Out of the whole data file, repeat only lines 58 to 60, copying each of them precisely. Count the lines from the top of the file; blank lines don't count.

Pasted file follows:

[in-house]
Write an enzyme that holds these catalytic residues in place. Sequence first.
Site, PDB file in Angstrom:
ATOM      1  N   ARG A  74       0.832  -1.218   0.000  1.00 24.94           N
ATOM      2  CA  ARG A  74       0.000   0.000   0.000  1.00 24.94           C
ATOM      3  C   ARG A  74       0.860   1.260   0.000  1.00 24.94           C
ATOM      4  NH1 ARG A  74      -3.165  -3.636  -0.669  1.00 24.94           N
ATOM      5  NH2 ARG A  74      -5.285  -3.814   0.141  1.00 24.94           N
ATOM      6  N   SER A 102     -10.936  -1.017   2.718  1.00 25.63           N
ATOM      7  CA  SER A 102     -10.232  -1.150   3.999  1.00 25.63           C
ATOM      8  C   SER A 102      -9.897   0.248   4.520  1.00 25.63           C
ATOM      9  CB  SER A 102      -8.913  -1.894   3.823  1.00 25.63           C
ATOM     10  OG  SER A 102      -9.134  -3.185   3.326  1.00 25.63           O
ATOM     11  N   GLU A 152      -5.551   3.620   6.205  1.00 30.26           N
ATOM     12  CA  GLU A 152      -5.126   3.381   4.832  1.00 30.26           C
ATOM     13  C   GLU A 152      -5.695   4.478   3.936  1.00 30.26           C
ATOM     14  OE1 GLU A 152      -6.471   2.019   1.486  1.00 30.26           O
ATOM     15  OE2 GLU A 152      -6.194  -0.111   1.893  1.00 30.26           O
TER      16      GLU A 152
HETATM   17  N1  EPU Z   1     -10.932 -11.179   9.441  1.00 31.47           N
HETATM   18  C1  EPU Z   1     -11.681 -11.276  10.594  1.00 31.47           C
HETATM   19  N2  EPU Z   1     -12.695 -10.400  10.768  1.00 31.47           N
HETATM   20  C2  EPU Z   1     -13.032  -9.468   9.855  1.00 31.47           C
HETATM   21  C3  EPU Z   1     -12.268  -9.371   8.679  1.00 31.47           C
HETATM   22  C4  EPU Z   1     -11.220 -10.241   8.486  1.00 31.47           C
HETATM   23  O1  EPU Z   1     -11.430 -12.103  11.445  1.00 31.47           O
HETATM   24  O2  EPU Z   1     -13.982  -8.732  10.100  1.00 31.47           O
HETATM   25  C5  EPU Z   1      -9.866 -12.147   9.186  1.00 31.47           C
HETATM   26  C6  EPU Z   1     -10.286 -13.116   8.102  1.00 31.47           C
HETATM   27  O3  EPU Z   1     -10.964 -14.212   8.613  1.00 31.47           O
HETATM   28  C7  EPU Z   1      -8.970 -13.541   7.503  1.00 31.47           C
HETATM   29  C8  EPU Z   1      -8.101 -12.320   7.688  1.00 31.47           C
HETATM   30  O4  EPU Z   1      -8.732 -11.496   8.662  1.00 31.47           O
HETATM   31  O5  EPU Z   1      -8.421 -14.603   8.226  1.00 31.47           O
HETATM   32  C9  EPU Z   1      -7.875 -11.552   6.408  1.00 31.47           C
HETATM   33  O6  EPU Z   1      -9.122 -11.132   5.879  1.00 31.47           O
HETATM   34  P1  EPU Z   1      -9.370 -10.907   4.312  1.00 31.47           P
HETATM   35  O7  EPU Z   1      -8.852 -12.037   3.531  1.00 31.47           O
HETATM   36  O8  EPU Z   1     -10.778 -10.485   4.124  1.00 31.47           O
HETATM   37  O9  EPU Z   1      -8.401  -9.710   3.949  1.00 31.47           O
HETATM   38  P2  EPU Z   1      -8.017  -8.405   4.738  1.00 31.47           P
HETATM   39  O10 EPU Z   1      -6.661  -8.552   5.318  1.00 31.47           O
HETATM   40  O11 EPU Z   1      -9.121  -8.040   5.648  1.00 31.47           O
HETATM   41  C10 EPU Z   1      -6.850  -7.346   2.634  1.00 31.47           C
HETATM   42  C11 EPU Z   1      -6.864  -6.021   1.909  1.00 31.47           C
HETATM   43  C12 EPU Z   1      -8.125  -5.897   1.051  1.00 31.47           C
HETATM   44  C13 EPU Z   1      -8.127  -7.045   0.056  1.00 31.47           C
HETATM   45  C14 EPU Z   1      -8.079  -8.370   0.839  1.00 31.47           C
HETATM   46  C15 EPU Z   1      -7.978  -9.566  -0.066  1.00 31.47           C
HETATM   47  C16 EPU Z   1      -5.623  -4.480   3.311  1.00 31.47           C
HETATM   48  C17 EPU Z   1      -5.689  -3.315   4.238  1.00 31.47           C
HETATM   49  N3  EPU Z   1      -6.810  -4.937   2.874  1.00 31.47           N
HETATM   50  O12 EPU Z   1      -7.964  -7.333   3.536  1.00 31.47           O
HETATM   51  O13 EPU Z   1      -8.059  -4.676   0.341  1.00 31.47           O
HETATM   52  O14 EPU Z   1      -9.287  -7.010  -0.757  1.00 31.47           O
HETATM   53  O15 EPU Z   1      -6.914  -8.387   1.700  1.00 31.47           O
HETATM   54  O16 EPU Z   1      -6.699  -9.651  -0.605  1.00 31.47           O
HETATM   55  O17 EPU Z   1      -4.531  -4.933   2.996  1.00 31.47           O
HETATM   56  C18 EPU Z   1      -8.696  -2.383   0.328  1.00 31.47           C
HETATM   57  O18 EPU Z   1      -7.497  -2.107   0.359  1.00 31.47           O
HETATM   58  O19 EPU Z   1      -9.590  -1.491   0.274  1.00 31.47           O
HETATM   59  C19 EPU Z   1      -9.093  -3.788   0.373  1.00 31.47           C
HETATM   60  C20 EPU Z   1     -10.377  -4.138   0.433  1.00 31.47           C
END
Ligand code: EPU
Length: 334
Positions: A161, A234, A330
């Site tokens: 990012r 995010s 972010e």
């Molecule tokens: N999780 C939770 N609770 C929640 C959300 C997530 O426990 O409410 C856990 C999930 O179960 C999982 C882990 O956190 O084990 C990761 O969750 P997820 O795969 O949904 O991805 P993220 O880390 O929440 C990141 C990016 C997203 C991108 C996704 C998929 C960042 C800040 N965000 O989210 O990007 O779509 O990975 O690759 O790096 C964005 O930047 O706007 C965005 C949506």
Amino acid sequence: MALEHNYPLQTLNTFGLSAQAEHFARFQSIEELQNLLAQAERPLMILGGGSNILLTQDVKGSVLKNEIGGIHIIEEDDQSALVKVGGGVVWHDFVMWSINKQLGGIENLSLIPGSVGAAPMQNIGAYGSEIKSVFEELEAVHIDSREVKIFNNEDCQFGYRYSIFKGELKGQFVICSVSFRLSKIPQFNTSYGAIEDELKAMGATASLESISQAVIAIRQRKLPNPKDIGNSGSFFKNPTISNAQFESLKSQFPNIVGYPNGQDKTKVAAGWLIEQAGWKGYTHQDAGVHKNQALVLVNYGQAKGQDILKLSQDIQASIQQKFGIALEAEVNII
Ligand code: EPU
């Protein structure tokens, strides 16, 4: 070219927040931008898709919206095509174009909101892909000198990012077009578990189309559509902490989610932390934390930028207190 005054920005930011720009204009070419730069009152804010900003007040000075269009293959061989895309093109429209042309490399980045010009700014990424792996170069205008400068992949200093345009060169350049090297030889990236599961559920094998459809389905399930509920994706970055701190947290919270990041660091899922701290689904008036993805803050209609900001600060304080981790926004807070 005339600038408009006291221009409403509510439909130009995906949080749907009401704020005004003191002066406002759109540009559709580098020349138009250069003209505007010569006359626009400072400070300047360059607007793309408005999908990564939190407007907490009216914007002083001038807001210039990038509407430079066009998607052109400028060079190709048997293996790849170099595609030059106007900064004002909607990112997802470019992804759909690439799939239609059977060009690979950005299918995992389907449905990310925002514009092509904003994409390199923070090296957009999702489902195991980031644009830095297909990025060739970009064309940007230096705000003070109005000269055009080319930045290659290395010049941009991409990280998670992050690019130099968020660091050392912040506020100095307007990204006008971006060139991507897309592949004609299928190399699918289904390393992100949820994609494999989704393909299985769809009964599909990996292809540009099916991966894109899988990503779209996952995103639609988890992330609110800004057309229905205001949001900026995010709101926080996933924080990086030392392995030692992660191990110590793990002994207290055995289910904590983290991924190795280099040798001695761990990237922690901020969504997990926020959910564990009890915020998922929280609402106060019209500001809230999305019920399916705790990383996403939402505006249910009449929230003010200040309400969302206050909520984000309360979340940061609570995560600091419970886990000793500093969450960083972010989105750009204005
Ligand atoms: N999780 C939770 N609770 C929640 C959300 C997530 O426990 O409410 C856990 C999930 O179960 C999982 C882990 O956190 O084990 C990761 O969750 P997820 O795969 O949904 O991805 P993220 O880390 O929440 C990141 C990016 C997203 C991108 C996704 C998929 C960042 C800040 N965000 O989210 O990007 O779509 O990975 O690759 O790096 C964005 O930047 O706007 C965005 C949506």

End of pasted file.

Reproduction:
HETATM   55  O17 EPU Z   1      -4.531  -4.933   2.996  1.00 31.47           O
HETATM   56  C18 EPU Z   1      -8.696  -2.383   0.328  1.00 31.47           C
HETATM   57  O18 EPU Z   1      -7.497  -2.107   0.359  1.00 31.47           O